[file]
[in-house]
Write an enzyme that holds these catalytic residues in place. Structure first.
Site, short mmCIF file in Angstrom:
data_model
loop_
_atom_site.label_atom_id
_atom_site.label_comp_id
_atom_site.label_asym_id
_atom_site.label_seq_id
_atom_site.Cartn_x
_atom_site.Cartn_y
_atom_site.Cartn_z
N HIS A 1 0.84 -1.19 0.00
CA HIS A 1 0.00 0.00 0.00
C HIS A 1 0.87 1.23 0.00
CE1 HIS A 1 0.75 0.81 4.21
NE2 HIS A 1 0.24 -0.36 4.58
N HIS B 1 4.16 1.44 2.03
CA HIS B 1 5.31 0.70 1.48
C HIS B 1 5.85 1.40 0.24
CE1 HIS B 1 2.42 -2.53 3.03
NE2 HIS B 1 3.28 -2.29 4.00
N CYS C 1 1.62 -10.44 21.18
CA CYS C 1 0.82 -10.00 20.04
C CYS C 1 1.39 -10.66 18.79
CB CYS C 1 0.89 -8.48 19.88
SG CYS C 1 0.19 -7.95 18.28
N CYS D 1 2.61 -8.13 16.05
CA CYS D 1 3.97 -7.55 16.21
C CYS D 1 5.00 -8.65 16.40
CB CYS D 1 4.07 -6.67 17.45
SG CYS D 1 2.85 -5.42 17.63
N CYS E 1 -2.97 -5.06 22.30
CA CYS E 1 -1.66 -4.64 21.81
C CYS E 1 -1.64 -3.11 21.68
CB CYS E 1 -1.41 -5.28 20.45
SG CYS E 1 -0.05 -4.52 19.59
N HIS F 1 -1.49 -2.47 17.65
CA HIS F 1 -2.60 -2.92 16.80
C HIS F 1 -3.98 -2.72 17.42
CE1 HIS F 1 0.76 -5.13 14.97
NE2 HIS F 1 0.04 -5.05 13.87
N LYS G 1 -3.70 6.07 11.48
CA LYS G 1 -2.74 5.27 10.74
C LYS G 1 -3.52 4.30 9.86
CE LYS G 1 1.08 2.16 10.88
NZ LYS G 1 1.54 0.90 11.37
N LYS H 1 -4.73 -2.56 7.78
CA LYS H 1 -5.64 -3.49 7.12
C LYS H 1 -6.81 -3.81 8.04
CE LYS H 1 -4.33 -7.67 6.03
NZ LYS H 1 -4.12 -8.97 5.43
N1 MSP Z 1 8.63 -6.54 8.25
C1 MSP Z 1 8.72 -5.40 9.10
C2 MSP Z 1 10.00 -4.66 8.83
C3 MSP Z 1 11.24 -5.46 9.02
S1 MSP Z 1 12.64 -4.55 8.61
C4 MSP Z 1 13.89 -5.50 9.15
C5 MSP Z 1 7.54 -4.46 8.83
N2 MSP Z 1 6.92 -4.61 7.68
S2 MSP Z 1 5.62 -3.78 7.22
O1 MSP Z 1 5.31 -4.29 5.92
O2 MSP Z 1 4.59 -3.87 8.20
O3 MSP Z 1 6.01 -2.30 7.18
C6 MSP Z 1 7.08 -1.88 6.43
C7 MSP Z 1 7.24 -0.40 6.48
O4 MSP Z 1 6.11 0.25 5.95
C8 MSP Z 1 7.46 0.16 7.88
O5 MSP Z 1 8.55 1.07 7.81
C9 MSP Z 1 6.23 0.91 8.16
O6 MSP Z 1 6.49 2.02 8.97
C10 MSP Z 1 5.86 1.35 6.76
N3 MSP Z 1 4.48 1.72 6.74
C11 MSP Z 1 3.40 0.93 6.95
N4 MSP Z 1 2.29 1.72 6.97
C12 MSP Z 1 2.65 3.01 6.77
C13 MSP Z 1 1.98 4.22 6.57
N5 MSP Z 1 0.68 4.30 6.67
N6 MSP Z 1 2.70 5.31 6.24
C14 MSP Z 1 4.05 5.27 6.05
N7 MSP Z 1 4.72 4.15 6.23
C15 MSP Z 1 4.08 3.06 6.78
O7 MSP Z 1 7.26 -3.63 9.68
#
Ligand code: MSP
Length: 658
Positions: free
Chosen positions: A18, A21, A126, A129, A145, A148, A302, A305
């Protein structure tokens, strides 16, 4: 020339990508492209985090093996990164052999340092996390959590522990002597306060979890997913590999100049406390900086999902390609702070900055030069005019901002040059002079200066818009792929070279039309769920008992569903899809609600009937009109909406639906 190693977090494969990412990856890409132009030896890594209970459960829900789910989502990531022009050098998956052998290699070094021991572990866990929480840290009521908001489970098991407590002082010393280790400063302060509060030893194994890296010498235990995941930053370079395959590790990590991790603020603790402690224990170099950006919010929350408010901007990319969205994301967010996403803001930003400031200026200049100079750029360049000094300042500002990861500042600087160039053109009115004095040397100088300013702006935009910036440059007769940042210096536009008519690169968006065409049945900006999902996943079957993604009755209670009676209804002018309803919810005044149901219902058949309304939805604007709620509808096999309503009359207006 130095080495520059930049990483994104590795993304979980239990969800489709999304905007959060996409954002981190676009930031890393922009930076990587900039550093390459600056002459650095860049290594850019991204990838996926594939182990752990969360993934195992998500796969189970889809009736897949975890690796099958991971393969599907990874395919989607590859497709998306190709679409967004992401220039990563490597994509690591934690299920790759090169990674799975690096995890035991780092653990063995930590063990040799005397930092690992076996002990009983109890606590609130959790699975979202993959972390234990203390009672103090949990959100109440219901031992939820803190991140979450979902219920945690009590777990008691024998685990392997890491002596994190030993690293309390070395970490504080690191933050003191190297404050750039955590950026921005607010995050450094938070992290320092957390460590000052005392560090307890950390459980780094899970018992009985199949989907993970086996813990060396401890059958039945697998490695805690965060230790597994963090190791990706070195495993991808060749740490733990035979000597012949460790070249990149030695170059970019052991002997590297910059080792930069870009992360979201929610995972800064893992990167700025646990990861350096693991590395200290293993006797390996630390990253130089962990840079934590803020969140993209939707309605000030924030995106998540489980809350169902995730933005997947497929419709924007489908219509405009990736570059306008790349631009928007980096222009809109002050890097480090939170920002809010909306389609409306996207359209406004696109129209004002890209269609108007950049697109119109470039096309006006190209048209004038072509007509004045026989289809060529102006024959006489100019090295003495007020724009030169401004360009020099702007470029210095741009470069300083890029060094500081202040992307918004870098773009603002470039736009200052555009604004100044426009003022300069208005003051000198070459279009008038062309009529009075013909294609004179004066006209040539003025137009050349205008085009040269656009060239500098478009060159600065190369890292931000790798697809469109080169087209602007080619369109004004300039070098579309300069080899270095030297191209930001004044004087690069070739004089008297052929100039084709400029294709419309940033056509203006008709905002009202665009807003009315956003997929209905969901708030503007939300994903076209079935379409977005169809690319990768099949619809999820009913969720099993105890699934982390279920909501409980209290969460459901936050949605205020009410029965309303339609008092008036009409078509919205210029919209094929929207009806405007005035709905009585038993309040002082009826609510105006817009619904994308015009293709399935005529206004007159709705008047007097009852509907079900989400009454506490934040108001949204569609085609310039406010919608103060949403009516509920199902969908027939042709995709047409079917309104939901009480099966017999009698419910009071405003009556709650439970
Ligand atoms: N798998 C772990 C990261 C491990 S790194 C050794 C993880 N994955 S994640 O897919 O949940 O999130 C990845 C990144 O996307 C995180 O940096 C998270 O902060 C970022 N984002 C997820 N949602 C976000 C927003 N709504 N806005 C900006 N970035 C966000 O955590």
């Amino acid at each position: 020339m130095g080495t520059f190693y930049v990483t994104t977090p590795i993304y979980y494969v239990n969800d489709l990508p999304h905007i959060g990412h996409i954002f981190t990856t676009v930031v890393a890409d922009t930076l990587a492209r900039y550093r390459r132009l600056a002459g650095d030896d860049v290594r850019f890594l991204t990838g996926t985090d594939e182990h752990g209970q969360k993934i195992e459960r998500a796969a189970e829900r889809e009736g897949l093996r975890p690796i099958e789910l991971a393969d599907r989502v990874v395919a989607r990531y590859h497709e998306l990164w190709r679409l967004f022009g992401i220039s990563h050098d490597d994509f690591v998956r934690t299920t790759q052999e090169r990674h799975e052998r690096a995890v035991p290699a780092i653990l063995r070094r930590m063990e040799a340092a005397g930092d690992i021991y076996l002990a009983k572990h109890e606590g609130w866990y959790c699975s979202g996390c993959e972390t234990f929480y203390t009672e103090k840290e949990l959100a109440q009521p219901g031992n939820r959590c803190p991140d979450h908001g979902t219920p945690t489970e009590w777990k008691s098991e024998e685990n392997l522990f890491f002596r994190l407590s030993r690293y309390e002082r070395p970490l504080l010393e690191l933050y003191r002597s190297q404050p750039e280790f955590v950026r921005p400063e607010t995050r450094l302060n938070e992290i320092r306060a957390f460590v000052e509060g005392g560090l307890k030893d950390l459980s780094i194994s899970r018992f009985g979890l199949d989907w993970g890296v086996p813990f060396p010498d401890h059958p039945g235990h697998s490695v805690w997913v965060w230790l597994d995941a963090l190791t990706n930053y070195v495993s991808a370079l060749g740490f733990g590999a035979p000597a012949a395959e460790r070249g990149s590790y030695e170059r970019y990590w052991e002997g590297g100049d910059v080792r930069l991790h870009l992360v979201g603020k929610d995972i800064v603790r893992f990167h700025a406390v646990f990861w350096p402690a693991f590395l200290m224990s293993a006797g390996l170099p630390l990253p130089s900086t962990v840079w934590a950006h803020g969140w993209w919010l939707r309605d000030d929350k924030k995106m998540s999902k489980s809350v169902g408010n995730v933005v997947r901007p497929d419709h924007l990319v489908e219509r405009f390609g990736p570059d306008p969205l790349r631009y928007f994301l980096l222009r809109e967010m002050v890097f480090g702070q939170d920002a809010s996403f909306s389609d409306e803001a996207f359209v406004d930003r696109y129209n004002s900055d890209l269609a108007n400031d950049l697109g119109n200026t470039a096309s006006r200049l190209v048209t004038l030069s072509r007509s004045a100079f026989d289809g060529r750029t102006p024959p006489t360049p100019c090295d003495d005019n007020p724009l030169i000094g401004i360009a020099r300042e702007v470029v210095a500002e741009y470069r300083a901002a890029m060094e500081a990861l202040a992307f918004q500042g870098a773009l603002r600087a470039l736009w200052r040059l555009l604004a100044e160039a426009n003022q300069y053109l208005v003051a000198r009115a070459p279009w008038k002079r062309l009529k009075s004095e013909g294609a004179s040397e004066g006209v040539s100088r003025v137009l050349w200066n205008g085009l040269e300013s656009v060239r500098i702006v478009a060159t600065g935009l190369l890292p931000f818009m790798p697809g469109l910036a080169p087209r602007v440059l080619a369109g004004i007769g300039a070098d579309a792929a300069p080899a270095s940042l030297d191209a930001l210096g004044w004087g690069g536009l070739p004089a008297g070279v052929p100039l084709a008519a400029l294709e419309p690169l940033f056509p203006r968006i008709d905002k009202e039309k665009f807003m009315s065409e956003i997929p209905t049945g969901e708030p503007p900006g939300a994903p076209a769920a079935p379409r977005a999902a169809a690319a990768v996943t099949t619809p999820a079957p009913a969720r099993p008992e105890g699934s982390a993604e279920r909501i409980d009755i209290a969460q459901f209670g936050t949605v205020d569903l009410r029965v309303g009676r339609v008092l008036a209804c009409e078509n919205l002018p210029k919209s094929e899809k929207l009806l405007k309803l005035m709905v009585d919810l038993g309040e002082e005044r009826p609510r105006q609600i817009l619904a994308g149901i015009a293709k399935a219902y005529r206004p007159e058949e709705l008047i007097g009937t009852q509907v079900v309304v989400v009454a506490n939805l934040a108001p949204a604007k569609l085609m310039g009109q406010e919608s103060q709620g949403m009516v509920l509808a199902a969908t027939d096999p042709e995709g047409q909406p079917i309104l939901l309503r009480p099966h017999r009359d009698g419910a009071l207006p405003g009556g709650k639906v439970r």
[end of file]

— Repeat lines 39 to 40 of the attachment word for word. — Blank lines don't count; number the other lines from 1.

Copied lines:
CA HIS F 1 -2.60 -2.92 16.80
C HIS F 1 -3.98 -2.72 17.42